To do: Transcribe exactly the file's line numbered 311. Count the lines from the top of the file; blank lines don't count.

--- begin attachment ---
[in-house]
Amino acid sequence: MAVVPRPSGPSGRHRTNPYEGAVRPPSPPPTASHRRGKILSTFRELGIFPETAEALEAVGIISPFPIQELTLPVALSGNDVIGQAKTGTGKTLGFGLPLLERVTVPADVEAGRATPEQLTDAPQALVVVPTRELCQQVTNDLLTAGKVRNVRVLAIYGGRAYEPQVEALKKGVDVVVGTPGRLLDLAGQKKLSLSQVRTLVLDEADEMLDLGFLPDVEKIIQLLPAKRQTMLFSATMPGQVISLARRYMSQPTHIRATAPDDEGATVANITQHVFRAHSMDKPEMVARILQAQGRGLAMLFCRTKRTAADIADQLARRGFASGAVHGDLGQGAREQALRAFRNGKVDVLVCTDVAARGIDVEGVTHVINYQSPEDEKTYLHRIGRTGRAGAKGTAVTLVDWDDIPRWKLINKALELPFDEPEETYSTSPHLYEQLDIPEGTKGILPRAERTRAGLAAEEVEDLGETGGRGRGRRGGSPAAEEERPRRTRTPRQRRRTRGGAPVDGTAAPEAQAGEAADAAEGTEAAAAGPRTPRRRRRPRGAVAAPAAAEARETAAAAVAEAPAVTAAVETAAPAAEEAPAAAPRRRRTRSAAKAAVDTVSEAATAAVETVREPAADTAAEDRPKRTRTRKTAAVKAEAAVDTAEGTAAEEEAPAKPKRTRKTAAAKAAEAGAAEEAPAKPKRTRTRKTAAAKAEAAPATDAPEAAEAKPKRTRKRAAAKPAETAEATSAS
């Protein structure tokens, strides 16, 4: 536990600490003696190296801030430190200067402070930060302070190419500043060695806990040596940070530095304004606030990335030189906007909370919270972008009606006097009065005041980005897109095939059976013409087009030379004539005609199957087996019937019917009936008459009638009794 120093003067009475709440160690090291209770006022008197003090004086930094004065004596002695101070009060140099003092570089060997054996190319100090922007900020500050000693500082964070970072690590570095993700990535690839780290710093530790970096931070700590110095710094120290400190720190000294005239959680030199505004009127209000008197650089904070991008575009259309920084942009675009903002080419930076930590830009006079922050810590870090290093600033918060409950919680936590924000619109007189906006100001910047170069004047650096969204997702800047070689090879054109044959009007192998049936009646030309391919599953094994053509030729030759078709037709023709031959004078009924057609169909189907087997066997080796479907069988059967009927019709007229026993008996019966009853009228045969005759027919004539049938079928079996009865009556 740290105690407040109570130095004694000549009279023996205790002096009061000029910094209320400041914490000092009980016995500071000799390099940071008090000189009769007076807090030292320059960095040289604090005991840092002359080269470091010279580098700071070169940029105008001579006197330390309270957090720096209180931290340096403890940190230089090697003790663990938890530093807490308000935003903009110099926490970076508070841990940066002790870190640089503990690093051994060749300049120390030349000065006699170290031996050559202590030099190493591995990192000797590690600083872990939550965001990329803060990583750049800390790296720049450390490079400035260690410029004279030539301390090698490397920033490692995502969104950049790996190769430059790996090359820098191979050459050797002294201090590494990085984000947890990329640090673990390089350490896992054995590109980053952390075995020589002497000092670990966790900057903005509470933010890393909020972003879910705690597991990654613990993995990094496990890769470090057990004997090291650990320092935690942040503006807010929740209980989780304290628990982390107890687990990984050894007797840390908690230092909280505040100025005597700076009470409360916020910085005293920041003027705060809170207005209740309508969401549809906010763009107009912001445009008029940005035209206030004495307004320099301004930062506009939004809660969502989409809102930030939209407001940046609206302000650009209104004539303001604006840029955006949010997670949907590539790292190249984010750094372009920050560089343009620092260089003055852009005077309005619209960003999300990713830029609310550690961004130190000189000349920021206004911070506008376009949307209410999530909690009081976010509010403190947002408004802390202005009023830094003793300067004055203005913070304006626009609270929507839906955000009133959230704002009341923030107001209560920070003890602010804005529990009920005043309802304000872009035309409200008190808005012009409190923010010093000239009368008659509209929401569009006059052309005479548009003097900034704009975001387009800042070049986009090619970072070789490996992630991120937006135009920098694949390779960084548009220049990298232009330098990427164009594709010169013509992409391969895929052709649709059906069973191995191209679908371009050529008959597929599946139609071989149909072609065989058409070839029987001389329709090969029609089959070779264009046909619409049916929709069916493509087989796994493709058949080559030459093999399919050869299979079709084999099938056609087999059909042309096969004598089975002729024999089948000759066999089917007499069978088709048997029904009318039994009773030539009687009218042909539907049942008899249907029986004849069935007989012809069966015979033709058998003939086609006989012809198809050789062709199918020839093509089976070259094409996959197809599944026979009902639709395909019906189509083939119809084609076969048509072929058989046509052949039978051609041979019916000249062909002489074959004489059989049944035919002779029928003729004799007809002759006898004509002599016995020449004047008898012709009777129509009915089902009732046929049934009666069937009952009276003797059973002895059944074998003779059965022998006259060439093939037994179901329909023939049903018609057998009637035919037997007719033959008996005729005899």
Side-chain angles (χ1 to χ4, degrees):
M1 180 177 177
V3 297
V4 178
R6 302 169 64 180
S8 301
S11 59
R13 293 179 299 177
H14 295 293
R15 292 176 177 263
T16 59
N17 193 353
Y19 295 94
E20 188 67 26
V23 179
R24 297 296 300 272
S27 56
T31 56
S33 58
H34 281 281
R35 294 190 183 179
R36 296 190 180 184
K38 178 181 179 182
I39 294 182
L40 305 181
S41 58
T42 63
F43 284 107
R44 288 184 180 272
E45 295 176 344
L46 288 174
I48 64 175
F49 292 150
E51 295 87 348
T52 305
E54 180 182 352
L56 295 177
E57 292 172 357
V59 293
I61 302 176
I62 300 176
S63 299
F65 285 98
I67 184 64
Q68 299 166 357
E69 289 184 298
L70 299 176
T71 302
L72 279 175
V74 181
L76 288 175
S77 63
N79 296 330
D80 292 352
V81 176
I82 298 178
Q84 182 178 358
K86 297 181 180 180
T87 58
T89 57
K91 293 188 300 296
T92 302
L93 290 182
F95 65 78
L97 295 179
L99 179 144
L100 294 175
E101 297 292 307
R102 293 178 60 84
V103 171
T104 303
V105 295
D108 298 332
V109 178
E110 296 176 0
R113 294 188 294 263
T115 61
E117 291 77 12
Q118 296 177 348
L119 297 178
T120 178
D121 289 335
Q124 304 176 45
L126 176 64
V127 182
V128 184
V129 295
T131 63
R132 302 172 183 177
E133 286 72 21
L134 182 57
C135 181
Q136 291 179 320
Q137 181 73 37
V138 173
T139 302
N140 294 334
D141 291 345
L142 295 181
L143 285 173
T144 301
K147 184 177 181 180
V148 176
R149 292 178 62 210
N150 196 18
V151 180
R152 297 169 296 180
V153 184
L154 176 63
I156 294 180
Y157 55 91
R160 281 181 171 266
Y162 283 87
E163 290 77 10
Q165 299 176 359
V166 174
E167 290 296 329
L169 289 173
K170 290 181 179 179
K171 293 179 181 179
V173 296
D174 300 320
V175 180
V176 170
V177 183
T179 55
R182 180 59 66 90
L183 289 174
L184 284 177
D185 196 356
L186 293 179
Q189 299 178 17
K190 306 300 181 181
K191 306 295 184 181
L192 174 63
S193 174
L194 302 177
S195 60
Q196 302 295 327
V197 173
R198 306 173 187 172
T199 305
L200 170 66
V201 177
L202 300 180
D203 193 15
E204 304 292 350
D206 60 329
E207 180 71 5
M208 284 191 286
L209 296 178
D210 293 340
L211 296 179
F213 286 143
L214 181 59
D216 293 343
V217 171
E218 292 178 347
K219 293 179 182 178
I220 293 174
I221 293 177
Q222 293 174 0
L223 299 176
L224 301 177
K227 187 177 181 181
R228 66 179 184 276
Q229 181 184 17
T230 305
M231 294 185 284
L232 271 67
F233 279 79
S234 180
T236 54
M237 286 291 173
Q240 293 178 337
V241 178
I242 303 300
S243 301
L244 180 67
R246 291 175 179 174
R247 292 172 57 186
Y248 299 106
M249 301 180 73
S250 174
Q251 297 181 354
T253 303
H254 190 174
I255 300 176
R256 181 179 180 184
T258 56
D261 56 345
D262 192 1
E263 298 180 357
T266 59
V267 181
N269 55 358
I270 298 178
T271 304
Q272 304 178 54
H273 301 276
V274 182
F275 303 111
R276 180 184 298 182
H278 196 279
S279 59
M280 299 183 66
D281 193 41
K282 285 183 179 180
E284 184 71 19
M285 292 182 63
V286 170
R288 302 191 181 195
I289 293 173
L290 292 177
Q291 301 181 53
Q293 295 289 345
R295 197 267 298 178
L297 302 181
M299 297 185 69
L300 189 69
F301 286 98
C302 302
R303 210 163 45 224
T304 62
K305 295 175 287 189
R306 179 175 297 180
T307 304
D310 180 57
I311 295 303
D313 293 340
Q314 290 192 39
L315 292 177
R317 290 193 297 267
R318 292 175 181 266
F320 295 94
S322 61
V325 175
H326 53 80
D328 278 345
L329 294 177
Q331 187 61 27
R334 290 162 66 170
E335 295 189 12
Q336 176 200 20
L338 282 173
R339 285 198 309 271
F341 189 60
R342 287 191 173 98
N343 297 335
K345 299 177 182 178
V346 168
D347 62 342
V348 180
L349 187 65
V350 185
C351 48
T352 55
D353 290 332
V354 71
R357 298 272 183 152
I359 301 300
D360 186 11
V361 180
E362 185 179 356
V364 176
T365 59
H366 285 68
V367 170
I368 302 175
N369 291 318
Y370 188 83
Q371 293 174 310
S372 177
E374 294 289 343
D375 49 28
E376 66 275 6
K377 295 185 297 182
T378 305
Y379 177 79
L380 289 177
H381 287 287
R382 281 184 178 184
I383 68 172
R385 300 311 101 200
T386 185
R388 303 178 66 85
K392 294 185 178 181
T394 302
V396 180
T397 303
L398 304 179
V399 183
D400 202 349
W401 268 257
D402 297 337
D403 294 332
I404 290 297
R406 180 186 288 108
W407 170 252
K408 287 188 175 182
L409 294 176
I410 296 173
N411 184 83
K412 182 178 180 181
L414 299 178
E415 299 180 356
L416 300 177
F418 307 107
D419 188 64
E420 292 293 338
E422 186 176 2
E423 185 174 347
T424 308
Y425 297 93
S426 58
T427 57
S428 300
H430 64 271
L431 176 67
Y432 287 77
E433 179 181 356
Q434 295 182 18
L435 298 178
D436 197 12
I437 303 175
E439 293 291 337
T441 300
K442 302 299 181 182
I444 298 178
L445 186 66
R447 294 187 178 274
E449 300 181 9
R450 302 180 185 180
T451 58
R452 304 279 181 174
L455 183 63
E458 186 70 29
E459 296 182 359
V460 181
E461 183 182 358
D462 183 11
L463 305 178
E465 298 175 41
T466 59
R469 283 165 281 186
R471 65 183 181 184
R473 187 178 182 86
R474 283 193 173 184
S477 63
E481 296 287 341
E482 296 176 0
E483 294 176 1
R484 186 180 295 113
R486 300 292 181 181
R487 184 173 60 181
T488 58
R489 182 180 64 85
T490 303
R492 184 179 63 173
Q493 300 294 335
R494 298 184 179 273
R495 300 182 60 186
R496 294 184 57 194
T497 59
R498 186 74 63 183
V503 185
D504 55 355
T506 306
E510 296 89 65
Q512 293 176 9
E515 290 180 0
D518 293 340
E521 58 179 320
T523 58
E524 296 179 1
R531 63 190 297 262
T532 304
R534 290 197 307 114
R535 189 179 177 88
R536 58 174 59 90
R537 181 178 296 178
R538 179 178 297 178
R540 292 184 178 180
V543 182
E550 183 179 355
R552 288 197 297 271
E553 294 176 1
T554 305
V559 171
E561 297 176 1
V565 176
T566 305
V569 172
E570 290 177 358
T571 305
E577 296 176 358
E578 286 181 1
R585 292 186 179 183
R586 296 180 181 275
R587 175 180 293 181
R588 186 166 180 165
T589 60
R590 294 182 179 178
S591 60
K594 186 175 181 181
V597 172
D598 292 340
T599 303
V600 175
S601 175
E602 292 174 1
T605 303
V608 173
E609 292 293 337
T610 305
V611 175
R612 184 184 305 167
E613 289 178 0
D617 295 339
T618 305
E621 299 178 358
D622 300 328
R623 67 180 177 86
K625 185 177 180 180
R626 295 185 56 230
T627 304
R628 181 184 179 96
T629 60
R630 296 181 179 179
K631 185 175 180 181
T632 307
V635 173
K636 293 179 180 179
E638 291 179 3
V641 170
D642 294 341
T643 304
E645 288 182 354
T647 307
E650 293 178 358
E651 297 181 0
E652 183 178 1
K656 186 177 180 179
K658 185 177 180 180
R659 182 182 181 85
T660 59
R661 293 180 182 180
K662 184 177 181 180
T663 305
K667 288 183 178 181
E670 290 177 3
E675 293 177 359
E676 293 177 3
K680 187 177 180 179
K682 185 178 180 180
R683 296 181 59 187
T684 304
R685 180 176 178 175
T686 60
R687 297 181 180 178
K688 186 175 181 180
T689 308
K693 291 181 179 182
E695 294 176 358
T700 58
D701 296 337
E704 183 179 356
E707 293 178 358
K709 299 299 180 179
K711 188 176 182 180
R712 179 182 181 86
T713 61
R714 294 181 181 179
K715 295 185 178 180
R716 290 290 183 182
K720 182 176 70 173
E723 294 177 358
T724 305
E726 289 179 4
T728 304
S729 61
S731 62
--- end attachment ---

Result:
F418 307 107